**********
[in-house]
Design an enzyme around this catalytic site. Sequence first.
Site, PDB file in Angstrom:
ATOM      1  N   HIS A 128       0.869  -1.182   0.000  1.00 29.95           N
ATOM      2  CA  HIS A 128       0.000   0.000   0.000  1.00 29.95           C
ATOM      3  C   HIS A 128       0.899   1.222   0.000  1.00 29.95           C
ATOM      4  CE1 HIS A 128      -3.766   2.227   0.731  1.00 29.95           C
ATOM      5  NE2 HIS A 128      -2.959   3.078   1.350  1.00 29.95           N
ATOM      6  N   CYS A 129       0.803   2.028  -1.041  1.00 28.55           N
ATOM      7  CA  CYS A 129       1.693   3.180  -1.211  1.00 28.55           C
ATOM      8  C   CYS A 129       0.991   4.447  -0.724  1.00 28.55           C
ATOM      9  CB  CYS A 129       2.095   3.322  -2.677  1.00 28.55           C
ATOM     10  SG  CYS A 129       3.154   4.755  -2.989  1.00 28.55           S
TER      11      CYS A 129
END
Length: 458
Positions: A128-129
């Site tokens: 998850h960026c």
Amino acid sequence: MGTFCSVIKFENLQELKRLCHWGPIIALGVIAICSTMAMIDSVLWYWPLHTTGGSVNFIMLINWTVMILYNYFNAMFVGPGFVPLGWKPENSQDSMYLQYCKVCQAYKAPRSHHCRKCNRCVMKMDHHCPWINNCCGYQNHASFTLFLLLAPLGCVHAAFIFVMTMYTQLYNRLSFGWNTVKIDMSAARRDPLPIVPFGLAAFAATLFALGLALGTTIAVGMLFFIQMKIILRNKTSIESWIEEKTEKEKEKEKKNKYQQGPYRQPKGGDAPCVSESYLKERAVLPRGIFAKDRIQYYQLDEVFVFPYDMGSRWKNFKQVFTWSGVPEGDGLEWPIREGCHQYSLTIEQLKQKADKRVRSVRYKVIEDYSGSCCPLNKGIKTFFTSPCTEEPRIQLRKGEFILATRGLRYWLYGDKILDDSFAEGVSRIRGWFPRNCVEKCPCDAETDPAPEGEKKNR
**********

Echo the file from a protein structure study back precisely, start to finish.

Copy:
[in-house]
Design an enzyme around this catalytic site. Sequence first.
Site, PDB file in Angstrom:
ATOM      1  N   HIS A 128       0.869  -1.182   0.000  1.00 29.95           N
ATOM      2  CA  HIS A 128       0.000   0.000   0.000  1.00 29.95           C
ATOM      3  C   HIS A 128       0.899   1.222   0.000  1.00 29.95           C
ATOM      4  CE1 HIS A 128      -3.766   2.227   0.731  1.00 29.95           C
ATOM      5  NE2 HIS A 128      -2.959   3.078   1.350  1.00 29.95           N
ATOM      6  N   CYS A 129       0.803   2.028  -1.041  1.00 28.55           N
ATOM      7  CA  CYS A 129       1.693   3.180  -1.211  1.00 28.55           C
ATOM      8  C   CYS A 129       0.991   4.447  -0.724  1.00 28.55           C
ATOM      9  CB  CYS A 129       2.095   3.322  -2.677  1.00 28.55           C
ATOM     10  SG  CYS A 129       3.154   4.755  -2.989  1.00 28.55           S
TER      11      CYS A 129
END
Length: 458
Positions: A128-129
């Site tokens: 998850h960026c």
Amino acid sequence: MGTFCSVIKFENLQELKRLCHWGPIIALGVIAICSTMAMIDSVLWYWPLHTTGGSVNFIMLINWTVMILYNYFNAMFVGPGFVPLGWKPENSQDSMYLQYCKVCQAYKAPRSHHCRKCNRCVMKMDHHCPWINNCCGYQNHASFTLFLLLAPLGCVHAAFIFVMTMYTQLYNRLSFGWNTVKIDMSAARRDPLPIVPFGLAAFAATLFALGLALGTTIAVGMLFFIQMKIILRNKTSIESWIEEKTEKEKEKEKKNKYQQGPYRQPKGGDAPCVSESYLKERAVLPRGIFAKDRIQYYQLDEVFVFPYDMGSRWKNFKQVFTWSGVPEGDGLEWPIREGCHQYSLTIEQLKQKADKRVRSVRYKVIEDYSGSCCPLNKGIKTFFTSPCTEEPRIQLRKGEFILATRGLRYWLYGDKILDDSFAEGVSRIRGWFPRNCVEKCPCDAETDPAPEGEKKNR